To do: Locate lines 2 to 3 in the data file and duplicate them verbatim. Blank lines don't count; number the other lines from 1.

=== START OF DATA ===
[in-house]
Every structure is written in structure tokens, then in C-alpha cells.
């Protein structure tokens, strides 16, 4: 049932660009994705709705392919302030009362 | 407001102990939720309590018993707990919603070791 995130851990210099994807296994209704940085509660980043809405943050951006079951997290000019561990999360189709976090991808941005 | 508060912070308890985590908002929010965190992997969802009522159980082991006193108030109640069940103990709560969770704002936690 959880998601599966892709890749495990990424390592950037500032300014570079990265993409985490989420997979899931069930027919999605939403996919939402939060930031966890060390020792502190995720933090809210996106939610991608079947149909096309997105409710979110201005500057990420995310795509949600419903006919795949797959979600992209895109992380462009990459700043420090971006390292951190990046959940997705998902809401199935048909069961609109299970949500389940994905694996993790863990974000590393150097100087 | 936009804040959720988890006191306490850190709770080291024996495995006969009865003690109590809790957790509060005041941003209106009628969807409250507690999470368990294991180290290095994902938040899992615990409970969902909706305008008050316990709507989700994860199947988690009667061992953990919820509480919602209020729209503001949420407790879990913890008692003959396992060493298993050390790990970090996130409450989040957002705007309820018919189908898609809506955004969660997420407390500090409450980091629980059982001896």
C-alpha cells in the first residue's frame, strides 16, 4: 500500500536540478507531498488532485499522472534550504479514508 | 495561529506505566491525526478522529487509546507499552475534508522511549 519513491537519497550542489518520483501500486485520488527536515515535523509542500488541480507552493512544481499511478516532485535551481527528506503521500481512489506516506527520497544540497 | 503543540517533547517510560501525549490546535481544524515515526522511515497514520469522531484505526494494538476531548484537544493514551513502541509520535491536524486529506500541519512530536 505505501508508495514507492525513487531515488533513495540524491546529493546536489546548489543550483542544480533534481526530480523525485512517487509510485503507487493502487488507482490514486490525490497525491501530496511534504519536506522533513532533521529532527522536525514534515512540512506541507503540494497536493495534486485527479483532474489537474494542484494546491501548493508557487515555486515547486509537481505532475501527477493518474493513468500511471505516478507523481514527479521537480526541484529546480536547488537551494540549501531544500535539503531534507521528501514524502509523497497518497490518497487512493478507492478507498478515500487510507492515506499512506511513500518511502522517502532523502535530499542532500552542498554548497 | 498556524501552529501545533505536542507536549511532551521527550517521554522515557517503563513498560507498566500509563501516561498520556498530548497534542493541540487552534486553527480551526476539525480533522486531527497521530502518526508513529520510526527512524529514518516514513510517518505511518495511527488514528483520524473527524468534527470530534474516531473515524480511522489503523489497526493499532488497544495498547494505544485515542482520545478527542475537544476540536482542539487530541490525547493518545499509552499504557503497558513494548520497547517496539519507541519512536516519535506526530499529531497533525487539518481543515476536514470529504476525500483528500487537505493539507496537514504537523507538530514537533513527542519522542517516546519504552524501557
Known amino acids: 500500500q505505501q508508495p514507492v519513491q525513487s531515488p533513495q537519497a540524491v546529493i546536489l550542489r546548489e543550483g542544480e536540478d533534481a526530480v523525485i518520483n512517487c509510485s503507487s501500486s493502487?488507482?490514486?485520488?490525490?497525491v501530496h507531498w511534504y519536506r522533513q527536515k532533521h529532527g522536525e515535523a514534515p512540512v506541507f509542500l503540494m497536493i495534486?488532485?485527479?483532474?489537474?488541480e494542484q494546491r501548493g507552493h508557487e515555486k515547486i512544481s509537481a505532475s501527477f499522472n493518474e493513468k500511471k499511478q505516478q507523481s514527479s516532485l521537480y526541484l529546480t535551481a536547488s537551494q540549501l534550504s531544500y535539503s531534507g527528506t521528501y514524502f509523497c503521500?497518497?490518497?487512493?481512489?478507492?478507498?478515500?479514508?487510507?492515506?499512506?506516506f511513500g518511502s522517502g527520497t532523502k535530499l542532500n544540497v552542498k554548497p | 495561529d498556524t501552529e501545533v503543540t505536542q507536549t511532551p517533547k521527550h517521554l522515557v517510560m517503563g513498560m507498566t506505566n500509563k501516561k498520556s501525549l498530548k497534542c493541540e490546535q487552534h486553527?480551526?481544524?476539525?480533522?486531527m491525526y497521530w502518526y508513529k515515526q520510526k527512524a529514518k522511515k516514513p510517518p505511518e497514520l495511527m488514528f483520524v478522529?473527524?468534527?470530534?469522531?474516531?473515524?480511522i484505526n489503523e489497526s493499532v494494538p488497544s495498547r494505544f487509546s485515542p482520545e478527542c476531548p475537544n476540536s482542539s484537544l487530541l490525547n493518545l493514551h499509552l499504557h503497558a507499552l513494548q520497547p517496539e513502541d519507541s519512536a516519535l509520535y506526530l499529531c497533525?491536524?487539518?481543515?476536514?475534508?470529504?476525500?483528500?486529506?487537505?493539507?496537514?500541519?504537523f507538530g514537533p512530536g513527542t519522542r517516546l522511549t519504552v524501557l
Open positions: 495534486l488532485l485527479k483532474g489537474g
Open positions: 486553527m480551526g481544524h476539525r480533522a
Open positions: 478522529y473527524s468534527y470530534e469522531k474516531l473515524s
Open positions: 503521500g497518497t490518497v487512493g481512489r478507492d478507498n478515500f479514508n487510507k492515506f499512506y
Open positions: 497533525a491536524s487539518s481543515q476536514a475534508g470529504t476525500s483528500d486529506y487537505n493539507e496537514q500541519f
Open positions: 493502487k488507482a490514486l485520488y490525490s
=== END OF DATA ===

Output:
Every structure is written in structure tokens, then in C-alpha cells.
């Protein structure tokens, strides 16, 4: 049932660009994705709705392919302030009362 | 407001102990939720309590018993707990919603070791 995130851990210099994807296994209704940085509660980043809405943050951006079951997290000019561990999360189709976090991808941005 | 508060912070308890985590908002929010965190992997969802009522159980082991006193108030109640069940103990709560969770704002936690 959880998601599966892709890749495990990424390592950037500032300014570079990265993409985490989420997979899931069930027919999605939403996919939402939060930031966890060390020792502190995720933090809210996106939610991608079947149909096309997105409710979110201005500057990420995310795509949600419903006919795949797959979600992209895109992380462009990459700043420090971006390292951190990046959940997705998902809401199935048909069961609109299970949500389940994905694996993790863990974000590393150097100087 | 936009804040959720988890006191306490850190709770080291024996495995006969009865003690109590809790957790509060005041941003209106009628969807409250507690999470368990294991180290290095994902938040899992615990409970969902909706305008008050316990709507989700994860199947988690009667061992953990919820509480919602209020729209503001949420407790879990913890008692003959396992060493298993050390790990970090996130409450989040957002705007309820018919189908898609809506955004969660997420407390500090409450980091629980059982001896």